ECO201 Should a President Make GDP and Stock Market Predictions Paper


Below you will find references to outside readings that are relevant to the material in this chapter, as well as several prompts for you to respond to. Some of the readings are from the business press, some are editorials, and some are from government entities. Please distinguish positive statements from normative statements appropriately.

Please respond to as many of the prompts as you wish.

Do not attempt to address all of them; discussing a half dozen or fewer of the prompts should suffice.

There is no specific length requirement, but each response should be several paragraphs in length.

You should exceed 500 words but should not need to exceed 1000 words for any given question.

I recommend that, in order to avoid potential technical difficulties, you draft your response in Word, then upload it into Canvas, being careful to not submit the Quiz until you have uploaded all of your responses.

You may be asked to describe both (or more) sides of an issue, to take a position as to which is more compelling to you, and describe how you arrived at such a conclusion.

Where your opinion is requested, there may be no right or wrong answer, but a thoughtful and well- reasoned response is preferable to one lacking these characteristics.

Your score for this question will depend on the quantity and quality of your responses, including your correct application of economic theory and the support you offer for your positions.

You should not need to use additional references, but if you do, please be sure to cite them.

As I express frequently in class, part of my objective in this course is to provide you with the tools to form your own positions on economic issues. Although my positions may frequently be apparent, it is not my intention to impose a position on the class, only to agitate the class to intelligently develop their own.

Although some of these narratives are political in nature, it is simply a result of the reality that economics and policy are inherently intertwined. You are encouraged to express political and policy positions as they relate to economics and are assured that while your expression of the positions themselves will not impact your grade favorably or unfavorably, your ability to support those positions will be considered.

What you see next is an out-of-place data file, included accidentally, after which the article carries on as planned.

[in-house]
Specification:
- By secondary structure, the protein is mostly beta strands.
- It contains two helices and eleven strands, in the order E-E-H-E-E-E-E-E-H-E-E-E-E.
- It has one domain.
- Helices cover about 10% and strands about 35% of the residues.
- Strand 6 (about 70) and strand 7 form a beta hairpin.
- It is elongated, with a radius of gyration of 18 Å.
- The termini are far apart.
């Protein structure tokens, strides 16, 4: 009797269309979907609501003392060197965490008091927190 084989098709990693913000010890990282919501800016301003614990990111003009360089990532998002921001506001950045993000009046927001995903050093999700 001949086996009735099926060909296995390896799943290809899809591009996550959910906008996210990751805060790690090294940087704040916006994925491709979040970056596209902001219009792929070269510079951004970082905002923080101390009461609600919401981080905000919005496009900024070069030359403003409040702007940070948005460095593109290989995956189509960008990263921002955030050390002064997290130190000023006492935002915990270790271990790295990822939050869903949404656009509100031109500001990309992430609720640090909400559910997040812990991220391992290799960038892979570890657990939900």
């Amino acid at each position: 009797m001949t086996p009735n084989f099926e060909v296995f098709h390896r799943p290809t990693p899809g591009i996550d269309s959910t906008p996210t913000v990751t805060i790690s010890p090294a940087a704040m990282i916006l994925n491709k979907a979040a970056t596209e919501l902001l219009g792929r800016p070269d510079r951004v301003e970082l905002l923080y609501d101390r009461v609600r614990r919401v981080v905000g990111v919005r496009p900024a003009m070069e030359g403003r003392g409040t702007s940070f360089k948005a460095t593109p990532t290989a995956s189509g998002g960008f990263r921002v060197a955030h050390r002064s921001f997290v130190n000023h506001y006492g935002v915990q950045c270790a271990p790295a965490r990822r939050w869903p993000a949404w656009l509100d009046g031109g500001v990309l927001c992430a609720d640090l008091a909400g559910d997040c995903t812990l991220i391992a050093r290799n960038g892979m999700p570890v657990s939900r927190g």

Essay 8 GDP: The Anemic 3% Obama Recovery and the Trump 6% Forecast

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As the text demonstrated, although there are many potential errors in the data or flaws in its collection, GDP, real GDP, GDP growth, and GDP per capita are related metrics generally interpreted as a measure of a country’s economic health and the well-being of its citizens.

If, ceteris paribus, achieving higher GDP and GDP growth are preferable to achieving lower GDP and GDP growth, it would be important for fiscal policy to be supportive of this endeavor.

Then-Candidate Trump heralded tax cuts, deregulation, and infrastructure spending as the major economic policies he would implement in order to stimulate the economy and cause it to grow more rapidly.

(Interestingly, President Trump’s policies seem to be consistent with many Keynesian components of President Obama’s platform. You may recall that President Obama proposed government spending on “shovel-ready projects” to help repair our crumbling infrastructure and to combat unemployment, and tax cuts for individuals to allow the middle class to reduce debt, save for retirement, and resume a more normal level of consumption. Fiscal conservatives in Congress opposed these policies on the grounds that the additional spending would lead to an increase in the national debt, and many of them went unrealized).